Healthy Rivers Appeals Advisory Committee Formed
Waikato regional councillors have voted unanimously to establish a committee to oversee the Healthy Rivers/Wai Ora appeals process.
The four-member advisory committee will also provide guidance to staff in regard to negotiated or mediated settlements.
During Friday’s council meeting it was agreed the committee will comprise councillors Stu Kneebone, Pamela Storey and Tipa Mahuta, and the chair of the independent Healthy Rivers/Wai Ora hearings panel.
Waikato Regional Council chair Russ Rimmington said, “Our plan change has paved the way for how legislation to improve freshwater quality should be done in New Zealand.
“We've invested a lot into it and so it's important we keep an eye on it as it goes through the Environment Court to ensure what we get is able to be implemented and understood by landowners,” Cr Rimmington said.
Waikato Regional Plan Change 1 – Waikato and Waipā River catchments – commonly known as Healthy Rivers/Wai Ora – was notified for appeals to the Environment Court in April this year.
The period for appeals on the version recommended by hearings commissioners has now closed, with the council receiving 24 notices of appeal.
While the appeals advisory committee cannot make decisions to change the plan, it will provide staff with guidance in respect of mediations, commonly focusing on changes in policy direction. It will focus on providing feedback on key policy shifts or on possible solutions that regional council staff are considering through the mediation process.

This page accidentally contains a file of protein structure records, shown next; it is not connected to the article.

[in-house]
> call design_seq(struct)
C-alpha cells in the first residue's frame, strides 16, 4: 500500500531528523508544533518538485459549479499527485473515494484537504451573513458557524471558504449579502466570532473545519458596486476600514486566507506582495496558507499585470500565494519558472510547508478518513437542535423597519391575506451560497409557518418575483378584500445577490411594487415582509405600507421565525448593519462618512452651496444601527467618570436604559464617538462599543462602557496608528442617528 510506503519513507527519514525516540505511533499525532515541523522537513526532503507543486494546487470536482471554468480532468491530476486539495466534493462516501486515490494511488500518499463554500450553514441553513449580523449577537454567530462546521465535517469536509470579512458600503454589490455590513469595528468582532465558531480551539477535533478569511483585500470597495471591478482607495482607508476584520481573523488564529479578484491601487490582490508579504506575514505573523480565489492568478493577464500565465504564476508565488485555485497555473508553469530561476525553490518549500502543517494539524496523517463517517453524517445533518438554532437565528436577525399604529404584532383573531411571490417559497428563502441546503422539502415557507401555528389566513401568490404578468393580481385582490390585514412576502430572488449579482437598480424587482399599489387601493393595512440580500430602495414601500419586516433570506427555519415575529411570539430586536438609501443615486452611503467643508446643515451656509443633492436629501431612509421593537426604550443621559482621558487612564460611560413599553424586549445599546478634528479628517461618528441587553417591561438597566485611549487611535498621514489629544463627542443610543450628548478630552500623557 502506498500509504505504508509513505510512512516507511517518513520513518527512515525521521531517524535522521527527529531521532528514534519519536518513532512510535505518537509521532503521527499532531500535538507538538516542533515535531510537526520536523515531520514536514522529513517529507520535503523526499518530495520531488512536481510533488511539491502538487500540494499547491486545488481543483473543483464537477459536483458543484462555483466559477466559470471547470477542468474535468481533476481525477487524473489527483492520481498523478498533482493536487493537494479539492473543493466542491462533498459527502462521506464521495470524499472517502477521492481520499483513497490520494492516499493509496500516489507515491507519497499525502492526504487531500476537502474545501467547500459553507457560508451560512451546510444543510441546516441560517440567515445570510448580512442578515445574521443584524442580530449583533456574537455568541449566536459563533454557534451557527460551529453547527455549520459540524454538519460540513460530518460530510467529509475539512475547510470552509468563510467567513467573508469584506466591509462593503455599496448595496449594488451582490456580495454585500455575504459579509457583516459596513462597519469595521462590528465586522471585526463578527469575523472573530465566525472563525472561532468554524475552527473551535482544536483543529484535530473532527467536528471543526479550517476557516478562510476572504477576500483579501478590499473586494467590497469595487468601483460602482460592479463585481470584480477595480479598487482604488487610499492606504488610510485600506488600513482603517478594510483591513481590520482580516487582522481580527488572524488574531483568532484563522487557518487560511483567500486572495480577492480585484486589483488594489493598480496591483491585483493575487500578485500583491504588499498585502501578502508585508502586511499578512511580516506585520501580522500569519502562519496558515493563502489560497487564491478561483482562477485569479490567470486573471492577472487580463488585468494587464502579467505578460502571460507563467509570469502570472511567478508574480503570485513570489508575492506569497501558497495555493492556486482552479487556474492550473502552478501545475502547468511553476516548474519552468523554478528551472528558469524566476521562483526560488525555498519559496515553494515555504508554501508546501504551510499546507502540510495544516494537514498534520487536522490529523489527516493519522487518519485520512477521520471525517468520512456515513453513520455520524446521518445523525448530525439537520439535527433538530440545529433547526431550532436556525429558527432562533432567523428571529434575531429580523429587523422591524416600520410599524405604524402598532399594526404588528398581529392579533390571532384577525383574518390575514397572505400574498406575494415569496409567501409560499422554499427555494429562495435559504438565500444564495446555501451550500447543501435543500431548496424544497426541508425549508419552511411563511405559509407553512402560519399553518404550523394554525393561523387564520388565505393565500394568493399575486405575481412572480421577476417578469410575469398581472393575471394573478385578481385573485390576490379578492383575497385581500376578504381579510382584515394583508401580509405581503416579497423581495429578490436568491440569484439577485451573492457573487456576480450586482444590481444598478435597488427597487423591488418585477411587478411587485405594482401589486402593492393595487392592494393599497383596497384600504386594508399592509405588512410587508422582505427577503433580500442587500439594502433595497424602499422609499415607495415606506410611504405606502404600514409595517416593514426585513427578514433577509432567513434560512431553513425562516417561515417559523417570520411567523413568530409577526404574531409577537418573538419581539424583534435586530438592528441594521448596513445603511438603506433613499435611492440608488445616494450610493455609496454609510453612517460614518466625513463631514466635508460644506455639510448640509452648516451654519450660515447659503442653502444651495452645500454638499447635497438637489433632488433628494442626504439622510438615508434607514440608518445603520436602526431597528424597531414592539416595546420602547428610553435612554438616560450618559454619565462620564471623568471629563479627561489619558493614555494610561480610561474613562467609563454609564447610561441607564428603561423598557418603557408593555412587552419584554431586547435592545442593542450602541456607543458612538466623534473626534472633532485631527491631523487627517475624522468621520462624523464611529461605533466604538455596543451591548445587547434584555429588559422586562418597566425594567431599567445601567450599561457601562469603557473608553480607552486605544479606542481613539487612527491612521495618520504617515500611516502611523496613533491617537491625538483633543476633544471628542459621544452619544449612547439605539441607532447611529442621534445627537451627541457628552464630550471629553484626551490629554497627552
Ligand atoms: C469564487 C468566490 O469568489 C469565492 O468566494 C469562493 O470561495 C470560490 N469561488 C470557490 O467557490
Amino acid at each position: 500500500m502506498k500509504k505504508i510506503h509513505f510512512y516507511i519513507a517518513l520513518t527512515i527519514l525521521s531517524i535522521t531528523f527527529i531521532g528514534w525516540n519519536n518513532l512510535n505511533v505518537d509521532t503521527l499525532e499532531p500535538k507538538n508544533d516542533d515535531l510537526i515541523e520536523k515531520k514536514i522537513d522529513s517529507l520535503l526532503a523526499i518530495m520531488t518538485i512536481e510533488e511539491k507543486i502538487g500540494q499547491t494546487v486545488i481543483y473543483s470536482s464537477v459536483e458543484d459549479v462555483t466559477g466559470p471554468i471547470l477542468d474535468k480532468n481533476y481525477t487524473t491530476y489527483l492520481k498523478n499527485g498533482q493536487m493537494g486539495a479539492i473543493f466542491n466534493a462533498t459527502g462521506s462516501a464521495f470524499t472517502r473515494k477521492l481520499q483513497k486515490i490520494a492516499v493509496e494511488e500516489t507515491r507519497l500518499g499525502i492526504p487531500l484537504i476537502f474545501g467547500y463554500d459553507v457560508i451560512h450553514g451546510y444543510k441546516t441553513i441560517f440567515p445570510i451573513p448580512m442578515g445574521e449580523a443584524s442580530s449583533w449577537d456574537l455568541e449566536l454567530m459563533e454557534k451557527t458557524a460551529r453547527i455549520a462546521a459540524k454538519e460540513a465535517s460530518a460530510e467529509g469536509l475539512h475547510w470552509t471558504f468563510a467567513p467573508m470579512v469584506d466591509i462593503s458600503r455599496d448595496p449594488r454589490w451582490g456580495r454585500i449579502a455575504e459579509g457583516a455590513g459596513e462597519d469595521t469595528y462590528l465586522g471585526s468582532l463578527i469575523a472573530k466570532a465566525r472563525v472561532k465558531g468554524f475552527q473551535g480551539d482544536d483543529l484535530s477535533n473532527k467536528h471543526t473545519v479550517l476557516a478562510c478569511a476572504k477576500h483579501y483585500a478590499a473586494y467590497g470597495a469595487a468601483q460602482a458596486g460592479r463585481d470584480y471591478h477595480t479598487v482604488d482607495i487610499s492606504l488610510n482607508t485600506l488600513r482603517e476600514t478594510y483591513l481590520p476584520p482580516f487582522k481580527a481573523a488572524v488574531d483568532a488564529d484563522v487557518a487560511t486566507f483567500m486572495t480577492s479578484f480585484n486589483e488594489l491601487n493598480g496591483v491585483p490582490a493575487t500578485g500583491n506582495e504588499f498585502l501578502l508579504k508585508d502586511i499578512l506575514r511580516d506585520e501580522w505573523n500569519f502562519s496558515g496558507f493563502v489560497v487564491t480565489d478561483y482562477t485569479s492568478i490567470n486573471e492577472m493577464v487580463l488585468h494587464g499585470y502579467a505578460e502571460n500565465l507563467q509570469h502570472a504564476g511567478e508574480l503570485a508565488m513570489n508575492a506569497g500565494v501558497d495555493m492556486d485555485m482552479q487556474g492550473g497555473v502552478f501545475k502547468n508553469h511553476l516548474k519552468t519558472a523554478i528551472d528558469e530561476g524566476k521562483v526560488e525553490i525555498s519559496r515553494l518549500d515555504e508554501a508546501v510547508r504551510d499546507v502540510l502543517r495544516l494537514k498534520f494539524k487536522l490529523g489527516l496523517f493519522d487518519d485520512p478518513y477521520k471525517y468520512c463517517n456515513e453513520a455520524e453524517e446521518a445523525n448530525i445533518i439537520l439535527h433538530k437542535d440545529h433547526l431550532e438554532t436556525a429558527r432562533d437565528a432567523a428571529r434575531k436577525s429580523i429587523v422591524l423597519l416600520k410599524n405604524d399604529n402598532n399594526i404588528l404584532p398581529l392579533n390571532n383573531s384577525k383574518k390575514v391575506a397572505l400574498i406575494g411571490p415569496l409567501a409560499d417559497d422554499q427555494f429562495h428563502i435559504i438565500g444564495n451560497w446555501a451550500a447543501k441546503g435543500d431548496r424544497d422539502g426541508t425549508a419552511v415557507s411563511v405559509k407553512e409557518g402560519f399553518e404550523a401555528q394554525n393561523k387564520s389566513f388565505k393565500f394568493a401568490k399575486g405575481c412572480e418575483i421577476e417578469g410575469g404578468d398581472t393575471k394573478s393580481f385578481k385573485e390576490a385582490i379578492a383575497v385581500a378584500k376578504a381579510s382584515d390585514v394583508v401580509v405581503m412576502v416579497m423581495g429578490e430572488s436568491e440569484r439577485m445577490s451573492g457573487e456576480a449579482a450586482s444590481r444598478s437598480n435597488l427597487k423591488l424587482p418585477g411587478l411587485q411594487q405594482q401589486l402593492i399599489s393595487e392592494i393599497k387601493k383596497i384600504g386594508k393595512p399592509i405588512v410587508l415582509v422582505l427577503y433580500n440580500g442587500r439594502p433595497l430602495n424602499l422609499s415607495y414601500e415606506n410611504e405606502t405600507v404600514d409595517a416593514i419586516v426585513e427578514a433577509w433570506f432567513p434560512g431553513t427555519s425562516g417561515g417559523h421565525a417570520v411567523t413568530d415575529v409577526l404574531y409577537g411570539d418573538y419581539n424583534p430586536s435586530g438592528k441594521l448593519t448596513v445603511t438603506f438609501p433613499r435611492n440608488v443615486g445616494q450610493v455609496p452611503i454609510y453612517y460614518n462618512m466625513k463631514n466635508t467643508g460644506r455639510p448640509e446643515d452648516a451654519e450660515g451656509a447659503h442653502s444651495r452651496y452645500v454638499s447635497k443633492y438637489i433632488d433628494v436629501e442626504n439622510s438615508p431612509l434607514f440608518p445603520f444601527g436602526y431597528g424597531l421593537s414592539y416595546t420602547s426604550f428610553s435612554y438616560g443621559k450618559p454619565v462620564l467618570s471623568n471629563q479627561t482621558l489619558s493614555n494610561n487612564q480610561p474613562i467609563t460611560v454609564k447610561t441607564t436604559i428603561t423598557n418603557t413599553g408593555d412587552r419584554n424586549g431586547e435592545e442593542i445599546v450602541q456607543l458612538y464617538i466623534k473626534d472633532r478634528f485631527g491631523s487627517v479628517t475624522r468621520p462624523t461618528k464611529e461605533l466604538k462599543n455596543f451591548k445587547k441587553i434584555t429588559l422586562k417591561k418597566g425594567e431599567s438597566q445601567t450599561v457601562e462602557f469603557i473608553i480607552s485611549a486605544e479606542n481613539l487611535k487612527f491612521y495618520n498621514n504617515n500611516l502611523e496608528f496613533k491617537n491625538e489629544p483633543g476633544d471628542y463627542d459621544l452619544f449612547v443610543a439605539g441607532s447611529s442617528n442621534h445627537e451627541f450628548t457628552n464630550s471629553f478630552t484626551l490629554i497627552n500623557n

Healthy Rivers/Wai Ora is the bold first step to achieve rivers that have improved water quality, are safe for food gathering along their entire length and meet the requirements of Te Ture Whaimana o Te Awa o Waikato, the Vision and Strategy for the Waikato River.
It is a change to the Waikato Regional Plan, with rules to manage both point source discharges (such as sewage from towns and waste from factories) and non-point source discharges linked to agriculture. Initially developed with the community, it allows for the management of nitrogen, phosphorus, sediment and bacteria in the Waikato and Waipā rivers.